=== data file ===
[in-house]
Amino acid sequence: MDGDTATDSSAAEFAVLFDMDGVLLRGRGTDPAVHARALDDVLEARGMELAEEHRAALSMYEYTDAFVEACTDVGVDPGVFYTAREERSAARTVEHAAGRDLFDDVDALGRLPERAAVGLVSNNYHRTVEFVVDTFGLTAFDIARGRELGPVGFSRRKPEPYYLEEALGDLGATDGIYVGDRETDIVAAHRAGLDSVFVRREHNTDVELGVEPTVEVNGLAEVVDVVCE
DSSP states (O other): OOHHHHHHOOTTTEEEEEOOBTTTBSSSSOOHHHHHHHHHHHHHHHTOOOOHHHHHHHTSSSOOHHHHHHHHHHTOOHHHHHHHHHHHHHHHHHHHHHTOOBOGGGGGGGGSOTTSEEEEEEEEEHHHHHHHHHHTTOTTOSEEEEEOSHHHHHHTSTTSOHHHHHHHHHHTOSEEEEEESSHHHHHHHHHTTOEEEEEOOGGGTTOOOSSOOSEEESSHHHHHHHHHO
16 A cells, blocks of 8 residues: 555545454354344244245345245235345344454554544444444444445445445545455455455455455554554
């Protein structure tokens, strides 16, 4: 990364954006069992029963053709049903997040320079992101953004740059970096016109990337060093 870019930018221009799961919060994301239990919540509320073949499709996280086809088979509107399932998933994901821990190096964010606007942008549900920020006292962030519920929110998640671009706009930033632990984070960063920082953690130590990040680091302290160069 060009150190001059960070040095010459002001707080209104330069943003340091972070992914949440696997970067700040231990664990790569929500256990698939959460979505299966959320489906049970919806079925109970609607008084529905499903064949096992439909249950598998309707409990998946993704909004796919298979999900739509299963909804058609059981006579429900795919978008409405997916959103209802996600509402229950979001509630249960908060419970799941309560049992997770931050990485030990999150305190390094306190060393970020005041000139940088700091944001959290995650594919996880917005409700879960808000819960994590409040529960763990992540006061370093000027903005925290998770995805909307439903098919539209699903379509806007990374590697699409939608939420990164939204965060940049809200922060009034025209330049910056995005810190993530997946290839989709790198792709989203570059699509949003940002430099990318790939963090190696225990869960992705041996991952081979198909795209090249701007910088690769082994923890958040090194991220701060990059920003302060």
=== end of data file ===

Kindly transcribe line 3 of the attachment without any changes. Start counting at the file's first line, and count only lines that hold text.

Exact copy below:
DSSP states (O other): OOHHHHHHOOTTTEEEEEOOBTTTBSSSSOOHHHHHHHHHHHHHHHTOOOOHHHHHHHTSSSOOHHHHHHHHHHTOOHHHHHHHHHHHHHHHHHHHHHTOOBOGGGGGGGGSOTTSEEEEEEEEEHHHHHHHHHHTTOTTOSEEEEEOSHHHHHHTSTTSOHHHHHHHHHHTOSEEEEEESSHHHHHHHHHTTOEEEEEOOGGGTTOOOSSOOSEEESSHHHHHHHHHO